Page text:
Year of Publication

2016

Degree Name

Doctor of Philosophy (PhD)

Document Type

Doctoral Dissertation

College

Business and Economics

Department

Accounting

First Advisor

Dr. Sean A. Peffer

Abstract

The design of incentive compensation plans is critical to a company’s success. This study develops and validates a theoretical model to examine how incentive contract framing affects effort. This study uses an experiment to observe the effect of the manipulation of incentive contract frame and the presence or absence of principal discretion in performance evaluation on effort. The results of the experiment show that when principal discretion in performance evaluation is absent, penalty contracts induce greater effort than bonus contracts. The results of the experiment also demonstrate that the interaction of principal discretion in performance evaluation and contract frame influences how agents view the perceived fairness of their incentive contract. Specifically, principal discretion in performance evaluation increases perceived fairness under a penalty contract but not under a bonus contract. This study also extends prior research by documenting that perceived fairness explains how incentive contract frame affects trust and effort.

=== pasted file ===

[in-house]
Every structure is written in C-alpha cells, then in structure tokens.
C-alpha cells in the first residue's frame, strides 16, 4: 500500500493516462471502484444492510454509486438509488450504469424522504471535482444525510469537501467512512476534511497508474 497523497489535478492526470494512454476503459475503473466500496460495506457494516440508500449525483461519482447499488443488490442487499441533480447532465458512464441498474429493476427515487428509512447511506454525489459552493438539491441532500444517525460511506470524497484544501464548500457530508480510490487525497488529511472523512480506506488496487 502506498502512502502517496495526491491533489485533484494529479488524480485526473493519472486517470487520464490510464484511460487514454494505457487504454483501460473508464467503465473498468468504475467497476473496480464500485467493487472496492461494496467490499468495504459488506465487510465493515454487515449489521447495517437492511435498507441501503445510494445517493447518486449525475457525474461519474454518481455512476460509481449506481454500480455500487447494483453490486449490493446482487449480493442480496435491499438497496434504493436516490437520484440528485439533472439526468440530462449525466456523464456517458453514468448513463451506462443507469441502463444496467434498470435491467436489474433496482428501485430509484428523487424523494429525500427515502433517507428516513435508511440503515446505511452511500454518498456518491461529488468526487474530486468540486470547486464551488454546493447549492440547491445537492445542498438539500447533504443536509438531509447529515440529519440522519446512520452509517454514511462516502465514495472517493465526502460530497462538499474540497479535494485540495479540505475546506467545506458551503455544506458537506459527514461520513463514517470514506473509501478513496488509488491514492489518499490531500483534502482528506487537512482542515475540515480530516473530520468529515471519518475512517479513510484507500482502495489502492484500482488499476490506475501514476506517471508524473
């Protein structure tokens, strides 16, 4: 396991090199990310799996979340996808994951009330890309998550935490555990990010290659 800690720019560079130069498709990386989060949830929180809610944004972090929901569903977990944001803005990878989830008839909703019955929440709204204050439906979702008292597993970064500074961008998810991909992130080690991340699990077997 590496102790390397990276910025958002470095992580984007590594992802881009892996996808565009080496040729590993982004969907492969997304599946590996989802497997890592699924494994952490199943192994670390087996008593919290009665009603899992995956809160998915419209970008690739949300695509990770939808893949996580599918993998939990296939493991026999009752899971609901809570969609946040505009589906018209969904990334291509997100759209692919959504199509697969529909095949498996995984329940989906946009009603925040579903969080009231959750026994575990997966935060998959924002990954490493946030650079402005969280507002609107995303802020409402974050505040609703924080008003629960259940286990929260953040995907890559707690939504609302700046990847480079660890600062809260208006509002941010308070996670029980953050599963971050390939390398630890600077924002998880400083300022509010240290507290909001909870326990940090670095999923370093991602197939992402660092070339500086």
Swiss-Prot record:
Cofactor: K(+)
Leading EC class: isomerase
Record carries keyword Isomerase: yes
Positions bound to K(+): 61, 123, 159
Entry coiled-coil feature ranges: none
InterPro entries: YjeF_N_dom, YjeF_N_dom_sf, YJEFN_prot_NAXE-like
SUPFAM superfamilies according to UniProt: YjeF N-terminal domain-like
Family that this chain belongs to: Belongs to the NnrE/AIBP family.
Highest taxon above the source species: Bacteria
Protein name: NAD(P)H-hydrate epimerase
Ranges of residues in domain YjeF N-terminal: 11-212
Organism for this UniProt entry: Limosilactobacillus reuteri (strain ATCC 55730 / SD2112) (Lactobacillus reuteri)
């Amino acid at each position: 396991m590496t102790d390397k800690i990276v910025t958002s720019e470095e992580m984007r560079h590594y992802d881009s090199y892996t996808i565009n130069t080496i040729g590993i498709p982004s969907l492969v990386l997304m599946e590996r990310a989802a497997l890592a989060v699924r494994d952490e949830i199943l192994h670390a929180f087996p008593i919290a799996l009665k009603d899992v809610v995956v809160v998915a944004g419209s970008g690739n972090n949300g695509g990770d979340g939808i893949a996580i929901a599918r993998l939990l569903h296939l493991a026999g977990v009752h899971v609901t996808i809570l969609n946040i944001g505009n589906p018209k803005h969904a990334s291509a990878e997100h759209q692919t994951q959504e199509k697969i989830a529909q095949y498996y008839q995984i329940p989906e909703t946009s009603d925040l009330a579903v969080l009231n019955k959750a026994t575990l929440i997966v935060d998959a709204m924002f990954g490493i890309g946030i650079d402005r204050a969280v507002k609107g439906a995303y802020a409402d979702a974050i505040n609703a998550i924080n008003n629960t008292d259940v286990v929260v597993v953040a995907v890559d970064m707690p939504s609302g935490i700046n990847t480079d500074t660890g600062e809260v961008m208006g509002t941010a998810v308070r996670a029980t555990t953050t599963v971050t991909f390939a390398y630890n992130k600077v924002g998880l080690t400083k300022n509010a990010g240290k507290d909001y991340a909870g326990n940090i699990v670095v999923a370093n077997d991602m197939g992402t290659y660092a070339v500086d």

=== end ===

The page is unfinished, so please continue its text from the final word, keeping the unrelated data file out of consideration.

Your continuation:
Digital Object Identifier (DOI)

http://dx.doi.org/10.13023/ETD.2016.153

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Accounting Commons

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